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Redis: Exploring Redis as Serverless Database to solve idempotence in APIs

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Redis means fast. This was the impression I always had. But, at the same time, for me, Redis was “just” (as if this wasn't enough) a cache store. To my surprise, Redis is much more versatile than this.

This will be the first in a series exploring The State of Serverless Databases in AWS and for it I picked Redis , you know, just to try something other than the usual suspect (DynamoDB) (and to give a third-party offering a try). In the following weeks, my plan is to explore some database offerings used along with serverless at AWS and explore their particular tradeoffs.

As self-defined, Redis is:

…an open source (BSD licensed), in-memory data structure store, used as a database, cache, and message broker. Redis provides data structures such as strings, hashes, lists, sets, sorted sets with range queries, bitmaps, hyperloglogs, geospatial indexes, and streams.

You can take a look in several in-depth papers describing each data structure in order to make a better informed decision. Since it’s open source we could theoretically implement it in a server but it would be a strange, if not wrong turn, in keeping in the Serverless lane. Here enters Uptash, a Serverless database offering for Redis. In Microblogging with Serverless Redis you can take a look how CRUD works and more framework-oriented, you could checkout Lee Robinson has a great video on how to use it with Next.js:

As I promised in the opening article, I want to do in-depth explorations. Not just our run-of-the-mill foo / bar examples (for which the official docs of Upstash is guilty, BTW). For Redis, I almost stuck at the key/value store type, but there are several use cases you can unlock with this solution since it gives you access to a GraphQL API, for which you can have an explorer for you, documented.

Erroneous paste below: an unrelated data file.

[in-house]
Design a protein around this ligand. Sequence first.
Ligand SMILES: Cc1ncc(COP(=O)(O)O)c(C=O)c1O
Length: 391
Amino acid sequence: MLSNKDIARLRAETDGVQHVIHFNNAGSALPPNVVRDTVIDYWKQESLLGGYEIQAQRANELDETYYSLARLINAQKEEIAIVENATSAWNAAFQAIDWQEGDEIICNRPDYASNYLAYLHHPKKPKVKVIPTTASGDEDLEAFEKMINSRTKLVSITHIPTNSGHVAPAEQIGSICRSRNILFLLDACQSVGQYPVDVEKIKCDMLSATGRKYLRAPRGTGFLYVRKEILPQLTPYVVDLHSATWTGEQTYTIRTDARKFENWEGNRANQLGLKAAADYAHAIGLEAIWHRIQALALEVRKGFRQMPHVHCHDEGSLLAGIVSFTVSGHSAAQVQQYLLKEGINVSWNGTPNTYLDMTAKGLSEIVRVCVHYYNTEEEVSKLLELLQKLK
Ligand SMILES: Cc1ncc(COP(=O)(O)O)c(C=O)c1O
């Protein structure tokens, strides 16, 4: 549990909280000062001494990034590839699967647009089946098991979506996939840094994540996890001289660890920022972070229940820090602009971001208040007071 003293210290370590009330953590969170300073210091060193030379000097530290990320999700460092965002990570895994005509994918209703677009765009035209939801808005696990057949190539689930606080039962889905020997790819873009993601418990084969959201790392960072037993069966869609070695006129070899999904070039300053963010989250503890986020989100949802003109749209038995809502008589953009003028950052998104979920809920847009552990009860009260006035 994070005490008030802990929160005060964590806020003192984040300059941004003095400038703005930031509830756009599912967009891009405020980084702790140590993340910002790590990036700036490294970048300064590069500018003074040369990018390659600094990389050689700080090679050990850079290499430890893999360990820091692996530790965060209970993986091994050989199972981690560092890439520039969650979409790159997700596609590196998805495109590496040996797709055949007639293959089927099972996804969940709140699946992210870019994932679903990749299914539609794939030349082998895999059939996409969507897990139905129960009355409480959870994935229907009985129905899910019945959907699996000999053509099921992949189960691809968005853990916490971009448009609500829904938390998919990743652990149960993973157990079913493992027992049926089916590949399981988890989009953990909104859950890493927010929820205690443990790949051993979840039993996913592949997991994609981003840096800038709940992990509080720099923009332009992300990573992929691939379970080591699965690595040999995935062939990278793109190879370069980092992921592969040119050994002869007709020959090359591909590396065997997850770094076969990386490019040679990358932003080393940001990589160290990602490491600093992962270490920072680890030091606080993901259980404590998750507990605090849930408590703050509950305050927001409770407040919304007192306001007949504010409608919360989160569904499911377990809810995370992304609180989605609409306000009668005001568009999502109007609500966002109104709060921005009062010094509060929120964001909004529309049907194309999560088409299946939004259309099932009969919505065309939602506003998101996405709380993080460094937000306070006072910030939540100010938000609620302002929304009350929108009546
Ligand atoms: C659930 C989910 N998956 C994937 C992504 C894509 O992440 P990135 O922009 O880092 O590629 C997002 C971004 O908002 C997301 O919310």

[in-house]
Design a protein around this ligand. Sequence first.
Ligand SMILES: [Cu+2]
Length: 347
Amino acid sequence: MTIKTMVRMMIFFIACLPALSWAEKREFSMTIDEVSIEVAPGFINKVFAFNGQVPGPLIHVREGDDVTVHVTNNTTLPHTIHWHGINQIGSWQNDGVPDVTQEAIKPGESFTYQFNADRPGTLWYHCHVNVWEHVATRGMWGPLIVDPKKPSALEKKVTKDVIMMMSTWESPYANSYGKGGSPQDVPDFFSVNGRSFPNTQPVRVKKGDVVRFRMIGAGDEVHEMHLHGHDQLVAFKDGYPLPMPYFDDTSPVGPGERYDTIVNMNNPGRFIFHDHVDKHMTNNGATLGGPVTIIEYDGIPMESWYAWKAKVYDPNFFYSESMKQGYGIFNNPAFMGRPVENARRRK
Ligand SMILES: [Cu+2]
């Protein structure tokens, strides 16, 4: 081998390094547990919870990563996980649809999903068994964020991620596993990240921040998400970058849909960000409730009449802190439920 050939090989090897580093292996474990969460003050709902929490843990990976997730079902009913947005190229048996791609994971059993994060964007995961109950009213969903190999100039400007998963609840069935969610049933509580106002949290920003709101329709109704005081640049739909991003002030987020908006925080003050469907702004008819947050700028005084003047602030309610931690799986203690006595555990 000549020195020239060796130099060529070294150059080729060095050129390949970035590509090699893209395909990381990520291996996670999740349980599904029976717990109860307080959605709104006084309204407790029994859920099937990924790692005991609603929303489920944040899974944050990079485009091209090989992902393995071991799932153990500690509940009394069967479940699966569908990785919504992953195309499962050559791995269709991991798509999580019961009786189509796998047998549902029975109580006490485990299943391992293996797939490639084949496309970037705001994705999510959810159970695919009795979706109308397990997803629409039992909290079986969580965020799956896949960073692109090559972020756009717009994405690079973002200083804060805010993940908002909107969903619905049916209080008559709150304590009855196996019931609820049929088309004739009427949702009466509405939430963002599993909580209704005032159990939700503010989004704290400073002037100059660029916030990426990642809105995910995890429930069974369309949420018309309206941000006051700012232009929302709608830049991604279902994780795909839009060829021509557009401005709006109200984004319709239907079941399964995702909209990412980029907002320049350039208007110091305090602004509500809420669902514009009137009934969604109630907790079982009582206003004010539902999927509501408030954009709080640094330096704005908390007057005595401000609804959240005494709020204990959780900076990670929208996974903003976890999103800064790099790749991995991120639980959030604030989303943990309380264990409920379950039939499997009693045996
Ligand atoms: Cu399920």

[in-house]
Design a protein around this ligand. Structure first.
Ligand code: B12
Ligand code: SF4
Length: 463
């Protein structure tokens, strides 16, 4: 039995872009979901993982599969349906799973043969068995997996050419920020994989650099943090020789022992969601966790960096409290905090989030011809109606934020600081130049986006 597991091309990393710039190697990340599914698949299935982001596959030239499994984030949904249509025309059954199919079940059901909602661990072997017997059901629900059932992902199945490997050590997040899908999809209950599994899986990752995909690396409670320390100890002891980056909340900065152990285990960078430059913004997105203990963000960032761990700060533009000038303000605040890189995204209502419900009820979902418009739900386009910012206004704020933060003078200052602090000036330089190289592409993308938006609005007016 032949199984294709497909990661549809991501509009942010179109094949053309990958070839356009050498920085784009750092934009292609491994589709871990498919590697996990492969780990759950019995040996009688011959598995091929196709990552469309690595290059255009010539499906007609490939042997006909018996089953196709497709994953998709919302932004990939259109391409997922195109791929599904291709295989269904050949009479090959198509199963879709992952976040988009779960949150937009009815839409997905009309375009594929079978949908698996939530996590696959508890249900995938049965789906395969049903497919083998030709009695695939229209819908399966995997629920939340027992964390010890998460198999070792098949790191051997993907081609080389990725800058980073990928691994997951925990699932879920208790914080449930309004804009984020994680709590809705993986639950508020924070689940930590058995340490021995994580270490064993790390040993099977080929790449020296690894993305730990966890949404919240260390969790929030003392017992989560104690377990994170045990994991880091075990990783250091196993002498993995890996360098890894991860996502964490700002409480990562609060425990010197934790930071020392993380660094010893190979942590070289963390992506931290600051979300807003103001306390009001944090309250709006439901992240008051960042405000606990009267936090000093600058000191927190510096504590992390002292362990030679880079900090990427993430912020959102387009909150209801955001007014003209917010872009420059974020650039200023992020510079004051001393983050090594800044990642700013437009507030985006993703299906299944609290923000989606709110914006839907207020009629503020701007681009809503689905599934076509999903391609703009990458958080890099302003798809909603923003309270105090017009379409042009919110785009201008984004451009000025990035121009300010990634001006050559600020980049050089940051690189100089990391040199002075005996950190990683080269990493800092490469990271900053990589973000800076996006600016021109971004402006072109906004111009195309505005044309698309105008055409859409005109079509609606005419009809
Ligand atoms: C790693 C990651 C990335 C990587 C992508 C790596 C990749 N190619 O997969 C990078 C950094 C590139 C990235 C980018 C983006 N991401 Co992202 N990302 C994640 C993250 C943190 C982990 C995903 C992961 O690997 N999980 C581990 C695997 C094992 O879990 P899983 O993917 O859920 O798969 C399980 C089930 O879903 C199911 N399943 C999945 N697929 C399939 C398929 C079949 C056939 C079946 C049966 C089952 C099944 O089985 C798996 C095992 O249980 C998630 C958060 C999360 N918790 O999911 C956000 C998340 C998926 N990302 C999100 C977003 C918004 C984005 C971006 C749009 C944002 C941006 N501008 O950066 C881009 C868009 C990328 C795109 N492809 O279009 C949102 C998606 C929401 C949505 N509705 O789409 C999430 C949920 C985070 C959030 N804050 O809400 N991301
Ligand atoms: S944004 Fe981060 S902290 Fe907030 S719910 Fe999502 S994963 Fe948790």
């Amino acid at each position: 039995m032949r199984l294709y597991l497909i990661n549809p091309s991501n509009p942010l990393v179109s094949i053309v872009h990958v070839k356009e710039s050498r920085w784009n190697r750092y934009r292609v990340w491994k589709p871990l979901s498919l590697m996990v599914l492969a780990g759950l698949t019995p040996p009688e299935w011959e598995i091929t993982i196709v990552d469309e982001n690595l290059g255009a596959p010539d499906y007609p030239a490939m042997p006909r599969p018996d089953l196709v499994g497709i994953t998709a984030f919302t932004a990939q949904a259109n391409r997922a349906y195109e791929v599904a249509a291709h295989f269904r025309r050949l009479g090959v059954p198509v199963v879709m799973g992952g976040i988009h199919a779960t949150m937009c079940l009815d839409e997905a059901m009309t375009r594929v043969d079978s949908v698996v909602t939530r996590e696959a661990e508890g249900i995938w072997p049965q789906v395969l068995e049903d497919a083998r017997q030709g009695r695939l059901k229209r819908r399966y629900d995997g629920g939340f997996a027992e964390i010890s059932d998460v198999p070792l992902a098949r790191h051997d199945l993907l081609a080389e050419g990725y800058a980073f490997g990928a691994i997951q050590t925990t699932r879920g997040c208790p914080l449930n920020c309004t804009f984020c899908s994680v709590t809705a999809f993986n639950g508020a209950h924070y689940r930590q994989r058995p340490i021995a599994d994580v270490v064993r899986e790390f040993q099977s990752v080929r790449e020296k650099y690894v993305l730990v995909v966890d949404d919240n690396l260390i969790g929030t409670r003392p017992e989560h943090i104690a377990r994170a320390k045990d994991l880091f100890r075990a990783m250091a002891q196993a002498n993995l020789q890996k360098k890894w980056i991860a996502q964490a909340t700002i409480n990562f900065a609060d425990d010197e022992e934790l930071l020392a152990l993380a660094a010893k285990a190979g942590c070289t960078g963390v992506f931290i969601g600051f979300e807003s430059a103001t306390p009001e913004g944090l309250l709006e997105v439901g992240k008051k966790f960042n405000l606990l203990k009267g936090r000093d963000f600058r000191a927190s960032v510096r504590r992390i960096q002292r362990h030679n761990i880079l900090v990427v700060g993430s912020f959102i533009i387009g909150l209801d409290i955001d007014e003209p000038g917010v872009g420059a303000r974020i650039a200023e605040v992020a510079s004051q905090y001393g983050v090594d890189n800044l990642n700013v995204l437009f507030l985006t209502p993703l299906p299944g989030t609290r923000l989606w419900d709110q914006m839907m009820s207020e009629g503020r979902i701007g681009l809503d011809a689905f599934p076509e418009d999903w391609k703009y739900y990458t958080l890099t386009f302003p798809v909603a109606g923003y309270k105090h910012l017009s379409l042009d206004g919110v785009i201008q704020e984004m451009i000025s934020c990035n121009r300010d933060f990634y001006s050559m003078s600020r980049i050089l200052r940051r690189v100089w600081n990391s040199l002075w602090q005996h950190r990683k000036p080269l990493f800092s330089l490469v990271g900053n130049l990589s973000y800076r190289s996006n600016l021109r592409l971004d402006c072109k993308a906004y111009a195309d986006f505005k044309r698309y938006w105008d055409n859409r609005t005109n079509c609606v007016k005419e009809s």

Upstash offering

Before jumping in: for me, the argument of having a price cap and no surprises in a bill is always a feature, and in this case you don’t even need to give your credit card details to start. But you need to enter your credit card when you exceed the free tier independent from the price cap feature - which is totally fair. I have spoken about this issue in a previous post, Open letter to AWS: Please, give us a price cap, and for me at least, as a developer and living in Brazil, it is an extremely overlooked matter by AWS.

My objective is to try to take use-cases with some value and at the same time explores a deep more about dealing with the data and I want to tackle a very important one, at least, for me: idempotence. So there will be nothing fancy than a key/value store but I think explore an important feature for any production-grade function. Also, please note that while this is a feature in NodeJS, I’m following the steps of the official Python Powertools library. I hope if you are not from the Node ecosystem could get some value as well.

Idempotence: doing by myself

Section titled %5Bobject%20Undefined%5D

An idempotent operation can repeat an arbitrary number of times, and the result will always be the same. In arithmetic, adding zero to a number is idempotent. Some kinds of requests into AWS lambda should run more than once, generating inconsistency problems when your function isn’t idempotent. AWS has a page in how to address this much needed feature. And, yes, it is canon, there is a really important reason to make your API idempotent.

  • You have a lambda that makes a payment through an API and save in some database. If one is successful and the other fails, your Lambda will run again and you could end up with two registers or worse… double charging your customer.
  • You don’t want or need to reprocess again some request that could take a lot of time or resources. Maybe a user is trying to make an action time after time.

Making an API idempotent is not as trivial as many people think. You could start out by looking at Lambda Powertools for Python from AWS that does a magnificent job of explaining this use case and a concrete way to implement. There’s also this great article from Malcolm Featonby, Making retries safe with idempotent APIs featured in the Amazon Builder’s Library as Architecture level 300 which falls in the advanced classification.

Let’s start with our scope from the Lambda Powertools:

Idempotency key is a hash representation of either the entire event or a specific configured subset of the event, and invocation results are JSON serialized and stored in your persistence storage layer.

First, I create a new database. I’m from the famous ‘5 minutes install’ from WordPress. Upstash claims a 30-second installation, and they are not joking):

Creating a Database